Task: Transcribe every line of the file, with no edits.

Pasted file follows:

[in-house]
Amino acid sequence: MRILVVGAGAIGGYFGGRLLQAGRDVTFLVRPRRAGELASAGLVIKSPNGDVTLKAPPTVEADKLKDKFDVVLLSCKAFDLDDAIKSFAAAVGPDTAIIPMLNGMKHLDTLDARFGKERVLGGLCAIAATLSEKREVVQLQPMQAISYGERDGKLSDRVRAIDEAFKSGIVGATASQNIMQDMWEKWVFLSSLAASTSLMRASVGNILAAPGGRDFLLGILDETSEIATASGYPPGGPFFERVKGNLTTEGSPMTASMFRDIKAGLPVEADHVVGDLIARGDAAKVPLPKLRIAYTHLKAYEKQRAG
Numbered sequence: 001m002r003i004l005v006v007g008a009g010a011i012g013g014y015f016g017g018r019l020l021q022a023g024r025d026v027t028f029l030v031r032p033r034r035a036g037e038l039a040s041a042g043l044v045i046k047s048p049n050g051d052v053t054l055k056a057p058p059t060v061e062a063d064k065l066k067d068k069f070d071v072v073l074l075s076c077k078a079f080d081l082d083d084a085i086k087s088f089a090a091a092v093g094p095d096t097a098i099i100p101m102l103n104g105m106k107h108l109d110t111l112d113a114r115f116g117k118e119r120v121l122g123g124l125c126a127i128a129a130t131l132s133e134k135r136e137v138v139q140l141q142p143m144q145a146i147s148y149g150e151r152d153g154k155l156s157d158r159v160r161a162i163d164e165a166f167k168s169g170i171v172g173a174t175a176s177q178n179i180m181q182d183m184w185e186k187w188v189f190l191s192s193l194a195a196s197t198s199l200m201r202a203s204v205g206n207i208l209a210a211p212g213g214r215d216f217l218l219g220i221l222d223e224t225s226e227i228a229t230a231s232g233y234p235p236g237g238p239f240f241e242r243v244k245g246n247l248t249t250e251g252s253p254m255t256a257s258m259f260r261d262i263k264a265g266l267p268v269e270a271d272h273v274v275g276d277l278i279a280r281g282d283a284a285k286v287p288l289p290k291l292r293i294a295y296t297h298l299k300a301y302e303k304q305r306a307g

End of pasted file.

[in-house]
Amino acid sequence: MRILVVGAGAIGGYFGGRLLQAGRDVTFLVRPRRAGELASAGLVIKSPNGDVTLKAPPTVEADKLKDKFDVVLLSCKAFDLDDAIKSFAAAVGPDTAIIPMLNGMKHLDTLDARFGKERVLGGLCAIAATLSEKREVVQLQPMQAISYGERDGKLSDRVRAIDEAFKSGIVGATASQNIMQDMWEKWVFLSSLAASTSLMRASVGNILAAPGGRDFLLGILDETSEIATASGYPPGGPFFERVKGNLTTEGSPMTASMFRDIKAGLPVEADHVVGDLIARGDAAKVPLPKLRIAYTHLKAYEKQRAG
Numbered sequence: 001m002r003i004l005v006v007g008a009g010a011i012g013g014y015f016g017g018r019l020l021q022a023g024r025d026v027t028f029l030v031r032p033r034r035a036g037e038l039a040s041a042g043l044v045i046k047s048p049n050g051d052v053t054l055k056a057p058p059t060v061e062a063d064k065l066k067d068k069f070d071v072v073l074l075s076c077k078a079f080d081l082d083d084a085i086k087s088f089a090a091a092v093g094p095d096t097a098i099i100p101m102l103n104g105m106k107h108l109d110t111l112d113a114r115f116g117k118e119r120v121l122g123g124l125c126a127i128a129a130t131l132s133e134k135r136e137v138v139q140l141q142p143m144q145a146i147s148y149g150e151r152d153g154k155l156s157d158r159v160r161a162i163d164e165a166f167k168s169g170i171v172g173a174t175a176s177q178n179i180m181q182d183m184w185e186k187w188v189f190l191s192s193l194a195a196s197t198s199l200m201r202a203s204v205g206n207i208l209a210a211p212g213g214r215d216f217l218l219g220i221l222d223e224t225s226e227i228a229t230a231s232g233y234p235p236g237g238p239f240f241e242r243v244k245g246n247l248t249t250e251g252s253p254m255t256a257s258m259f260r261d262i263k264a265g266l267p268v269e270a271d272h273v274v275g276d277l278i279a280r281g282d283a284a285k286v287p288l289p290k291l292r293i294a295y296t297h298l299k300a301y302e303k304q305r306a307g